39

I measured the box in BSL and it was 21,2 x 41,2 x 58 cm (8.3" x 16.22" x 22.8"). However, the 58 cm are not exact because firstly the box has two rounded rods at the bottom, which makes it slightly smaller at these points, but it's open to the top so this dimension won't matter to much I guess.


39

If your handheld bag is small enough to go under the seat in front of you, it won't be taken from you. If you want to bring a large roll-a-bord to save checking a bag, you can do that, but keep the things you genuinely need during the flight in a separate smaller bag. Also, do not choose a seat, such as the first seat in economy, that doesn't have a "seat in ...


37

Here's what customs rules in India state (the 'free allowance' referred to is for personal items, and the duty-free allowance of alcohol cigarettes): One laptop computer (notebook computer) over and above the said free allowances mentioned above is also allowed duty free if imported by any passenger of the age of 18 years and above. So obviously, ...


37

Inconveniencing yourself never creates an argument. Inconveniencing others, does however. If you were to put your bag under your seat, you would be affecting the comfort of the passenger behind you. That passenger may not even have brought a bag on board, but now finds their comfort dependent on the whims of the passenger in front of them. I think it's easy ...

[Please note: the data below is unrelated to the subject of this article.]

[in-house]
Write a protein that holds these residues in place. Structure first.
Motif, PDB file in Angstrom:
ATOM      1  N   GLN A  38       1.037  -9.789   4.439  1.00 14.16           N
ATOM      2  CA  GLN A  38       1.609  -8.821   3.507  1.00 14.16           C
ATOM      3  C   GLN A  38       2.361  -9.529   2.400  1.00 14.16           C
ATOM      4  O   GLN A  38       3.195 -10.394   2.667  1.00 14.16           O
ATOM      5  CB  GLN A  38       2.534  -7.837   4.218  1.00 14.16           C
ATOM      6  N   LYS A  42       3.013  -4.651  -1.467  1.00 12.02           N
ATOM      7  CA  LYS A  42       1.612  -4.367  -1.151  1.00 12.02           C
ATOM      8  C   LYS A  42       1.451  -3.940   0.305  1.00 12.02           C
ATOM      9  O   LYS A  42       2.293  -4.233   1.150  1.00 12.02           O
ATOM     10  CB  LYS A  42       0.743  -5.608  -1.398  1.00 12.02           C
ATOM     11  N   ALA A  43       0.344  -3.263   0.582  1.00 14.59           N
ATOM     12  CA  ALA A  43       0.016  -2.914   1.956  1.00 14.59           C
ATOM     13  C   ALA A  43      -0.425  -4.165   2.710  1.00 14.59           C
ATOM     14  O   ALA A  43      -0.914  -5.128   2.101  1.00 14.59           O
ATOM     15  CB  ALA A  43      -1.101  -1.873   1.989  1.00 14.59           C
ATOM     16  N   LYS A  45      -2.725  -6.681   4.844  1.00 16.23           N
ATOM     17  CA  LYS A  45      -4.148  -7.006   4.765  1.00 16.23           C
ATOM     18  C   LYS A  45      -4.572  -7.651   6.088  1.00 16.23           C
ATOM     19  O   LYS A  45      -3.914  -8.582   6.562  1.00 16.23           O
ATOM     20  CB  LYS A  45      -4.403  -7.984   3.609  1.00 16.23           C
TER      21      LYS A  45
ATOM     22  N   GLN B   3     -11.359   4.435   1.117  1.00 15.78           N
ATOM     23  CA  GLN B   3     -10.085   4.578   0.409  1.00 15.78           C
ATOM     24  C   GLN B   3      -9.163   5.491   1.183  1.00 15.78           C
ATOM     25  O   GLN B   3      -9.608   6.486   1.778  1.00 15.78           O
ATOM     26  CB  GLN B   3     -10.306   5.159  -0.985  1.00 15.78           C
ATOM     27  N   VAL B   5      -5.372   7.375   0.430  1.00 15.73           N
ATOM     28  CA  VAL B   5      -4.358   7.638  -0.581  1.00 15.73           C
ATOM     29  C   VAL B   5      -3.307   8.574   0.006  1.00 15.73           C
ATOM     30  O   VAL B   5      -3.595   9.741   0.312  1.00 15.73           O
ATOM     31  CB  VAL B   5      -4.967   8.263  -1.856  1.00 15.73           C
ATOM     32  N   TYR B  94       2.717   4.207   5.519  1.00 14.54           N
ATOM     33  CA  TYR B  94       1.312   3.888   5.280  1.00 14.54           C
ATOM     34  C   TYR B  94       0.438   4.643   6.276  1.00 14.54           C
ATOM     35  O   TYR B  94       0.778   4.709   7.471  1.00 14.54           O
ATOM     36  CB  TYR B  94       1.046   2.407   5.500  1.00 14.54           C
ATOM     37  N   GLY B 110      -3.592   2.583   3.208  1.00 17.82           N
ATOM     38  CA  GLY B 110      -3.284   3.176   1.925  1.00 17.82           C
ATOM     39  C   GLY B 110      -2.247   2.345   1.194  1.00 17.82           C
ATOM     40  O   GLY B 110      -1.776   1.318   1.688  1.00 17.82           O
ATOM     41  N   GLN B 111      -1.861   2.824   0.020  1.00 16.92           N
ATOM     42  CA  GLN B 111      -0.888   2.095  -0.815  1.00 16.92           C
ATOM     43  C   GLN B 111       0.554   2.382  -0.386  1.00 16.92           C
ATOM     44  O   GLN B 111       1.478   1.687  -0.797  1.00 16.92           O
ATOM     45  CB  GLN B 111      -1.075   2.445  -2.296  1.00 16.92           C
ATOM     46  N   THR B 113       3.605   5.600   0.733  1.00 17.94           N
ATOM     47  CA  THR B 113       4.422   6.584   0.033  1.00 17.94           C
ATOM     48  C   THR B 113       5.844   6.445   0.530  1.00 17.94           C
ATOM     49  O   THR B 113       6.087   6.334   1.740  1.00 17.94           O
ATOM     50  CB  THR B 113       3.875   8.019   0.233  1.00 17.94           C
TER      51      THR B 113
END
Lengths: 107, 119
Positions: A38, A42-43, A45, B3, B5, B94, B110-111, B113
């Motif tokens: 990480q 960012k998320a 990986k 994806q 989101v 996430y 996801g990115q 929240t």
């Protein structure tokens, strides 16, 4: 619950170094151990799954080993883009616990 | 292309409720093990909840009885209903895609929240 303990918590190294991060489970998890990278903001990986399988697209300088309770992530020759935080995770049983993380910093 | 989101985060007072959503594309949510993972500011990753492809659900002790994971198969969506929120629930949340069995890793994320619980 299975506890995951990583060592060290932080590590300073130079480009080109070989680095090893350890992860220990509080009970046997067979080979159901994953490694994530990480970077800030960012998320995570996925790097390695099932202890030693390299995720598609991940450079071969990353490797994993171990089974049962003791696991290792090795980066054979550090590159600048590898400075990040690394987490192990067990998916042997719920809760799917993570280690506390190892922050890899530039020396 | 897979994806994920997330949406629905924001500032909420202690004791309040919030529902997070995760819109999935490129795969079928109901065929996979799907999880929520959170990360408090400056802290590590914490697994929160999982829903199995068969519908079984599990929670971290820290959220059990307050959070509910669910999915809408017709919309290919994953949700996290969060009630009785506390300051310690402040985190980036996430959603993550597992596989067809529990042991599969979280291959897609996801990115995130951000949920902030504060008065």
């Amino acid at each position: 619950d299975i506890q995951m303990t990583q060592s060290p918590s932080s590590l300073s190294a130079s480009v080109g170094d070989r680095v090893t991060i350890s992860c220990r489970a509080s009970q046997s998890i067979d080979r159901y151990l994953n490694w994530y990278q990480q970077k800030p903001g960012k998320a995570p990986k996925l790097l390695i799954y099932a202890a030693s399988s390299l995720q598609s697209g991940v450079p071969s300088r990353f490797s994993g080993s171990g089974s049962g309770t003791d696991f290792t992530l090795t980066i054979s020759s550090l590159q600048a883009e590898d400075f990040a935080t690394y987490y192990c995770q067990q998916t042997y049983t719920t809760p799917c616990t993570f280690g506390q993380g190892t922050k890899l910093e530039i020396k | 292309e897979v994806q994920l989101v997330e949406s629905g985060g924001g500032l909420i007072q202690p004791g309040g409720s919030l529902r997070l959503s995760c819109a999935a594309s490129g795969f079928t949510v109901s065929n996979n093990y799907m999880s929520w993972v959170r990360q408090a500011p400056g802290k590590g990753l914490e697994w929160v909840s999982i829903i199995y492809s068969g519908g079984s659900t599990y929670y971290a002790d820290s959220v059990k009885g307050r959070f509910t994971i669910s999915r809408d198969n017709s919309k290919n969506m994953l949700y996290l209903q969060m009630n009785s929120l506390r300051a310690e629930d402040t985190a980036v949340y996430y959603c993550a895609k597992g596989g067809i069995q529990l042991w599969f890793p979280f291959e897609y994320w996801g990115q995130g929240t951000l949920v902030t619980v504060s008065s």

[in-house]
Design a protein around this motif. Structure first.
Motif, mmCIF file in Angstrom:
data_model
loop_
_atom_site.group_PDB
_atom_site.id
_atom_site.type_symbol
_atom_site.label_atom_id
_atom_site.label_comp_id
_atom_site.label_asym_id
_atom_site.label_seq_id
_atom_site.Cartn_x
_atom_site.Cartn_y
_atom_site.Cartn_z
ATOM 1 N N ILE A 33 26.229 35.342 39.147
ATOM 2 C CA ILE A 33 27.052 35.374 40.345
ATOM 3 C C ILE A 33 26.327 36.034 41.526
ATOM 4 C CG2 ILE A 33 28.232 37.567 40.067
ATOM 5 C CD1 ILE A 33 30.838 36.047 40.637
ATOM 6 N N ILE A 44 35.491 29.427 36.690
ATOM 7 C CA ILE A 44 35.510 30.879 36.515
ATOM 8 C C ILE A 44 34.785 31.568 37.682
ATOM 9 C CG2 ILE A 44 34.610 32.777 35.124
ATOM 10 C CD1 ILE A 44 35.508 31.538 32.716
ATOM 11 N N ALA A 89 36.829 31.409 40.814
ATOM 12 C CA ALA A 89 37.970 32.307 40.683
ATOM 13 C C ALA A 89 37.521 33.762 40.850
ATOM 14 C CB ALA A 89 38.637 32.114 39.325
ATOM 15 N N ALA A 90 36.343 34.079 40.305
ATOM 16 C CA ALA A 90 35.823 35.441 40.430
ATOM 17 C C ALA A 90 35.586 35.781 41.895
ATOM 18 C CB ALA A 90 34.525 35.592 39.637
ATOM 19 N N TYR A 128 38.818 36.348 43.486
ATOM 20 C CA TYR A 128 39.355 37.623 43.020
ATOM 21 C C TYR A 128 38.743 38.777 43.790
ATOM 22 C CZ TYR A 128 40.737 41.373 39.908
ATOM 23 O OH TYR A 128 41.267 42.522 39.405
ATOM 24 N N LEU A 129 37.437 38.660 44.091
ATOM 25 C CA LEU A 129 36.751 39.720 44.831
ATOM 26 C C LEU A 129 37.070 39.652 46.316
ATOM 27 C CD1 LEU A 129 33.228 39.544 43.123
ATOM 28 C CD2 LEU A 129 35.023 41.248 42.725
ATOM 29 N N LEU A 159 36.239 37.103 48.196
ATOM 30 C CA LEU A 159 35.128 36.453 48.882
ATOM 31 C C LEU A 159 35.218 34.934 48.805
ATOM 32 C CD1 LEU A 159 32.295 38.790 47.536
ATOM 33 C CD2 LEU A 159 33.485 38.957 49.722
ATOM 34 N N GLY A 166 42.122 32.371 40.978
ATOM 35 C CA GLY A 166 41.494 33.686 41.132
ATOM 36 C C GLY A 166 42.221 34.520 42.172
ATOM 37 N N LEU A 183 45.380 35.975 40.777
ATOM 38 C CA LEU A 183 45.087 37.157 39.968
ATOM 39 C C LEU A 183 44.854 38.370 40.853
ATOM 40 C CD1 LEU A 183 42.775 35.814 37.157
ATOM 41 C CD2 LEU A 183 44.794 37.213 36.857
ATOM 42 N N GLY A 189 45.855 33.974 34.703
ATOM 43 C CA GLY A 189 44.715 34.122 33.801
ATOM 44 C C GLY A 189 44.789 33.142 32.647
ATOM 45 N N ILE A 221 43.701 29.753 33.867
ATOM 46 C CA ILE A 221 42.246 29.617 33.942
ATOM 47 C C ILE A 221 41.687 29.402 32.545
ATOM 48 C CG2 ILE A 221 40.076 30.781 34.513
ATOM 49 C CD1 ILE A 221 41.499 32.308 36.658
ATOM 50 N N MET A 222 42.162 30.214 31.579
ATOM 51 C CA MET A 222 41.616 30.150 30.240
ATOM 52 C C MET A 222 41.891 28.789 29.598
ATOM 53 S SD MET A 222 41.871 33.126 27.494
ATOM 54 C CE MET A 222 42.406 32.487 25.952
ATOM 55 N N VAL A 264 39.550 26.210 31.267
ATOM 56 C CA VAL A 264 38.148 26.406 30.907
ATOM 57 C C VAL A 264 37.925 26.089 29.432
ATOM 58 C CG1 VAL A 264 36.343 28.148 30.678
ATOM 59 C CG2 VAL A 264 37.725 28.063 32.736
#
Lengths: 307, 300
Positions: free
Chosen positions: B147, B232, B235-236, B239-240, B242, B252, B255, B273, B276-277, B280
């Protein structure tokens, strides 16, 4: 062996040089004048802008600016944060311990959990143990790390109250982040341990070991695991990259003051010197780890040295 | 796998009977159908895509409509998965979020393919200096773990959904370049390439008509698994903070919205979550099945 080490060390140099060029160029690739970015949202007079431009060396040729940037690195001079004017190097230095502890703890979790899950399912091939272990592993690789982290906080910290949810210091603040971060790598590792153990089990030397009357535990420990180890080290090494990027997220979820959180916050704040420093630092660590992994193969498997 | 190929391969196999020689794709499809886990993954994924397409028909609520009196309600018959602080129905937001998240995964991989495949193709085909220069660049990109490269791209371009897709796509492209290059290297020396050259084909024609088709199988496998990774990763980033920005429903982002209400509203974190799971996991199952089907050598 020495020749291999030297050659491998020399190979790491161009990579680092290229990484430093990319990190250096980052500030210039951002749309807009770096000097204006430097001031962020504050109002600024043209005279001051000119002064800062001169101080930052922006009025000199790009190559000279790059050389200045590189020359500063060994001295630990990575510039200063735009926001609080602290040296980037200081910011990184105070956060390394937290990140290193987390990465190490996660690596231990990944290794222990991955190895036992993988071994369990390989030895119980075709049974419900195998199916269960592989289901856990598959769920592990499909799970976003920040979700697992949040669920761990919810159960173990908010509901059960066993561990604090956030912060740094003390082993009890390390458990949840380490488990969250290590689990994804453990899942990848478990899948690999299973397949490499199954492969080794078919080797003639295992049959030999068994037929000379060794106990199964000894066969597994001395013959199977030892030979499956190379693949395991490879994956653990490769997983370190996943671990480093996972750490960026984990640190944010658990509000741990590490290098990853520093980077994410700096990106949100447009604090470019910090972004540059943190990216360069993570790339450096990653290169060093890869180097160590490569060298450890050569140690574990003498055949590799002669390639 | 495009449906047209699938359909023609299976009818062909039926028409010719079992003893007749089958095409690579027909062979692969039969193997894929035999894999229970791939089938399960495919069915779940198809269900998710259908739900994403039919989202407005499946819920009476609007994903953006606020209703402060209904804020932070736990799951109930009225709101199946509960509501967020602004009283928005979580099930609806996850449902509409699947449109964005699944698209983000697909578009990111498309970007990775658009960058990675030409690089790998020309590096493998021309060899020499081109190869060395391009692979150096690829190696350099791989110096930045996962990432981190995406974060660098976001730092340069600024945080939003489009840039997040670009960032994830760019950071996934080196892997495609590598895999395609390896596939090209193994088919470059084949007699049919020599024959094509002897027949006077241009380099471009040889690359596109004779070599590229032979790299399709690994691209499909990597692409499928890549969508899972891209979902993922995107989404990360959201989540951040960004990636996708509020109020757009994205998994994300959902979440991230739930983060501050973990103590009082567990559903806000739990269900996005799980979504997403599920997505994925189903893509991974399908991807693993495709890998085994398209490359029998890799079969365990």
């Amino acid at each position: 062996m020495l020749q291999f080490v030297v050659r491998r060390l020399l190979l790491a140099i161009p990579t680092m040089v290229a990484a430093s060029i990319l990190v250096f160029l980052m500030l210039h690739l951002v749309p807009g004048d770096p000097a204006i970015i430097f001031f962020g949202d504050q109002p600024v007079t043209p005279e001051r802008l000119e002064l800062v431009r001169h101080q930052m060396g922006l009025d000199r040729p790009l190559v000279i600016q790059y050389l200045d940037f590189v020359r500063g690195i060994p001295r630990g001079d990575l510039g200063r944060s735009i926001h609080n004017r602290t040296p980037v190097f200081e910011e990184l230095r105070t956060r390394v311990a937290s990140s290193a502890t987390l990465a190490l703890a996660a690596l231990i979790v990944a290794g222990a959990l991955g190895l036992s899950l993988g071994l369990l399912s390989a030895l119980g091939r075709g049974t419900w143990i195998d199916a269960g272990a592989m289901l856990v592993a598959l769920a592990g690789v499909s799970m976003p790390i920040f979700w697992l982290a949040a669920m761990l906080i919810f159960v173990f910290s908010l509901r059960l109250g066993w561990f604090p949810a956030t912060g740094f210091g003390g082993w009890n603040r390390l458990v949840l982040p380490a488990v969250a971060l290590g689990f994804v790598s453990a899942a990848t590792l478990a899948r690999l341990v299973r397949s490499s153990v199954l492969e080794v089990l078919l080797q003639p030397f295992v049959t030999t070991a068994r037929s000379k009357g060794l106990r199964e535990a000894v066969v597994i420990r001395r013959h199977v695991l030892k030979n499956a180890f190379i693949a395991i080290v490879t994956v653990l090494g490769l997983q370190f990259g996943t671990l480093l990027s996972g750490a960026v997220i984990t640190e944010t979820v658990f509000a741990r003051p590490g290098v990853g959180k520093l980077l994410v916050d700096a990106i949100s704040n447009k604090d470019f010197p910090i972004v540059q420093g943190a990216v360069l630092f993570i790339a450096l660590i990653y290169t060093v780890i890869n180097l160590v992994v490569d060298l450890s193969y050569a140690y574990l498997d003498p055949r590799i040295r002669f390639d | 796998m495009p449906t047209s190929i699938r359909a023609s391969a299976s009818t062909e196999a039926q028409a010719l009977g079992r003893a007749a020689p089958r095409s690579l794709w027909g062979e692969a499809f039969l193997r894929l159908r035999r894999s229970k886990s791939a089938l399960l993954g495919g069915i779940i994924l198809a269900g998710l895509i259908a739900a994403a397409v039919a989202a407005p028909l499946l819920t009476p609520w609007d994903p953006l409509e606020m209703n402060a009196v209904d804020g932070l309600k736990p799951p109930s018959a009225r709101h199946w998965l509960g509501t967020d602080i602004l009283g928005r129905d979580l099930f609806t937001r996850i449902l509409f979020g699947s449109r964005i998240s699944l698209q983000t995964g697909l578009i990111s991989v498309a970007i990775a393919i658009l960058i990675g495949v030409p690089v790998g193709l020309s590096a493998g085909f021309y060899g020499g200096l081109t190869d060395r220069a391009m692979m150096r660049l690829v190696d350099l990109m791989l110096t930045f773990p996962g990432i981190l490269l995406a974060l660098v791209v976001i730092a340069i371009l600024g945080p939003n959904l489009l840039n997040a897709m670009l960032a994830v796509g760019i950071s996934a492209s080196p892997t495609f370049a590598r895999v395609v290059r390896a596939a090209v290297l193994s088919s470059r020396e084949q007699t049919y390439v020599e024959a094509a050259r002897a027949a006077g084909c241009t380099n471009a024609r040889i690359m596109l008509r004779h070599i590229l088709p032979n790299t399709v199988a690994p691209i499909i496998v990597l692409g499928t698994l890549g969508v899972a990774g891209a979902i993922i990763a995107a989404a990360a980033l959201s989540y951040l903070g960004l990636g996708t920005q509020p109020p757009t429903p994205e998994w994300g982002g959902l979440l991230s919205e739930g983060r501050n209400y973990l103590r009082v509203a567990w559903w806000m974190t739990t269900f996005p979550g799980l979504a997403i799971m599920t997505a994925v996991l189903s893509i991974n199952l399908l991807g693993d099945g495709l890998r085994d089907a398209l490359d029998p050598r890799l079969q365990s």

37

I mean, you've answered the question. The limit is 100ml, and your container is 118ml. It is therefore, according to the rules, not allowed. As a practical matter, I can't remember the last time anyone has paid that kind of close attention to my liquids, and there's a good chance nobody will notice or care, though this depends on the policies of whatever ...


36

Anecdotally, you can buy gold at a vending machine in Abu Dhabi airport, in the outgoing terminal. Whilst policies at destinations will vary of course, it's highly unlikely to be widely illegal whilst being sold at an airport. Gold ATMs are available across the world - not sure I would have believed it if I hadn't seen it myself while transiting through Abu ...


35

I am a software engineer and I also test the software on many different smartphones and tablets. I fly frequently within Europe, so my answer will be limited to this area. However, this is also from west to east and east to west, outside of the Schengen region! As a Dutch citizen, I rarely need a visa to travel, which makes this easy. I do carry a lot of ...


33